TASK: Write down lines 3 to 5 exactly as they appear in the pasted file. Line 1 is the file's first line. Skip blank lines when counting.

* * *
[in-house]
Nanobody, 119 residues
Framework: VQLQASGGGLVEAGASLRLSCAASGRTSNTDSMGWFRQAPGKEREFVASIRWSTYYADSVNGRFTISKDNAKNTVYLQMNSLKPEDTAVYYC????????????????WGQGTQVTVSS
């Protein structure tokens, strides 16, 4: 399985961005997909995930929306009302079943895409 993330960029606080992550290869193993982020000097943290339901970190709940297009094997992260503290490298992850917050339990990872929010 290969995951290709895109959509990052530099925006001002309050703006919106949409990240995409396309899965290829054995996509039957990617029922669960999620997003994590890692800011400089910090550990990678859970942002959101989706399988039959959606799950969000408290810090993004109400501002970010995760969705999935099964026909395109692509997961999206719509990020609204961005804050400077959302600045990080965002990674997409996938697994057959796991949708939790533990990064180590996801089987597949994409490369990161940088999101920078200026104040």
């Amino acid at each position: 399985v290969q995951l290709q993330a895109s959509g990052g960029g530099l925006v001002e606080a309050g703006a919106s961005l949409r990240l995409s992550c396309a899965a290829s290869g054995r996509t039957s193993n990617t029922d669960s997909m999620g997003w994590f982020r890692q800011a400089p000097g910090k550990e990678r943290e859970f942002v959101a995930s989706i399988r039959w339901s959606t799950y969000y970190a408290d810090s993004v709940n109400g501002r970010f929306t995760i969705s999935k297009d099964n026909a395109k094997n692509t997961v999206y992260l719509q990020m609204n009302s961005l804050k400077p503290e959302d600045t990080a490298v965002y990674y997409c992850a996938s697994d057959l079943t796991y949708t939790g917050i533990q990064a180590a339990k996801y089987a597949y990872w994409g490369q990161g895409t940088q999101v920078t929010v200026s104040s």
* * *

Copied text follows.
Framework: VQLQASGGGLVEAGASLRLSCAASGRTSNTDSMGWFRQAPGKEREFVASIRWSTYYADSVNGRFTISKDNAKNTVYLQMNSLKPEDTAVYYC????????????????WGQGTQVTVSS
């Protein structure tokens, strides 16, 4: 399985961005997909995930929306009302079943895409 993330960029606080992550290869193993982020000097943290339901970190709940297009094997992260503290490298992850917050339990990872929010 290969995951290709895109959509990052530099925006001002309050703006919106949409990240995409396309899965290829054995996509039957990617029922669960999620997003994590890692800011400089910090550990990678859970942002959101989706399988039959959606799950969000408290810090993004109400501002970010995760969705999935099964026909395109692509997961999206719509990020609204961005804050400077959302600045990080965002990674997409996938697994057959796991949708939790533990990064180590996801089987597949994409490369990161940088999101920078200026104040």
């Amino acid at each position: 399985v290969q995951l290709q993330a895109s959509g990052g960029g530099l925006v001002e606080a309050g703006a919106s961005l949409r990240l995409s992550c396309a899965a290829s290869g054995r996509t039957s193993n990617t029922d669960s997909m999620g997003w994590f982020r890692q800011a400089p000097g910090k550990e990678r943290e859970f942002v959101a995930s989706i399988r039959w339901s959606t799950y969000y970190a408290d810090s993004v709940n109400g501002r970010f929306t995760i969705s999935k297009d099964n026909a395109k094997n692509t997961v999206y992260l719509q990020m609204n009302s961005l804050k400077p503290e959302d600045t990080a490298v965002y990674y997409c992850a996938s697994d057959l079943t796991y949708t939790g917050i533990q990064a180590a339990k996801y089987a597949y990872w994409g490369q990161g895409t940088q999101v920078t929010v200026s104040s």